When we remember something, we are not remembering the original event.
Instead, we remember the last time we thought about it. This means after a fearful or painful memory first forms in our mind, it re-forms and re-stabilizes every time we think about it. The more it is thought about and re-stabilized, the more lasting the memory becomes . . .
One of the most frustrating things about menopause is the brain glitch of forgetfulness, fuzzy-headedness, wobbly concentration, or not being able to find the simple word you are searching for. It’s unnerving to misplace the name of a woman you’ve shared an office with for ten years.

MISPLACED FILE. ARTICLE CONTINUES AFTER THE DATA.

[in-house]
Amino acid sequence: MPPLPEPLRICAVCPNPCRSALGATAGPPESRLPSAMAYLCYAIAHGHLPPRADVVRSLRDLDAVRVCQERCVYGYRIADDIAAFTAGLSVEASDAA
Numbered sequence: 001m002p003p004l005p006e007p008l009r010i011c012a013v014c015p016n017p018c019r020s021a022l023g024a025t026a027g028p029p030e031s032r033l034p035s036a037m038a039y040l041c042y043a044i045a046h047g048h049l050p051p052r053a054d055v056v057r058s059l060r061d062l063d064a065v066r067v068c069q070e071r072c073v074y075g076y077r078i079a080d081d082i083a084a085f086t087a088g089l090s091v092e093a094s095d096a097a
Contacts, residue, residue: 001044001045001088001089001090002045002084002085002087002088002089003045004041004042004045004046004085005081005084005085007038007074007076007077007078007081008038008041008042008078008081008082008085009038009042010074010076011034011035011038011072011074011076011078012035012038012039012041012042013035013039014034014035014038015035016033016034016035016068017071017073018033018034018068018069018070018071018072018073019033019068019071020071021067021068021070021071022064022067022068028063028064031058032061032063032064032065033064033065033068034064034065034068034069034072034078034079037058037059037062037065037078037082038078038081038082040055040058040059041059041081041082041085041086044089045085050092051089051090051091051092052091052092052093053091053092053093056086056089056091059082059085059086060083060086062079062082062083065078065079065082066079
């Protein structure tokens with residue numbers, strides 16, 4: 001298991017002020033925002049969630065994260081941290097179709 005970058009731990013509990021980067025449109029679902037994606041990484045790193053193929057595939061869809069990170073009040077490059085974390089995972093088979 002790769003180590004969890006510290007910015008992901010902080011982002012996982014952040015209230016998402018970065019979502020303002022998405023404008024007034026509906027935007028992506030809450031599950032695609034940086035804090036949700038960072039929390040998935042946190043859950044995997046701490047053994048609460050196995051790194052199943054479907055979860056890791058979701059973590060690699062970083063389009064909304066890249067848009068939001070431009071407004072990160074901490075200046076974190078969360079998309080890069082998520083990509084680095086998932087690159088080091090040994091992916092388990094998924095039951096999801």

For some women, these “brain farts” are more troublesome than hot flashes or night sweats. What’s going on anyway? One theory points to fluctuating levels of the hormone estrogen as the culprit . . .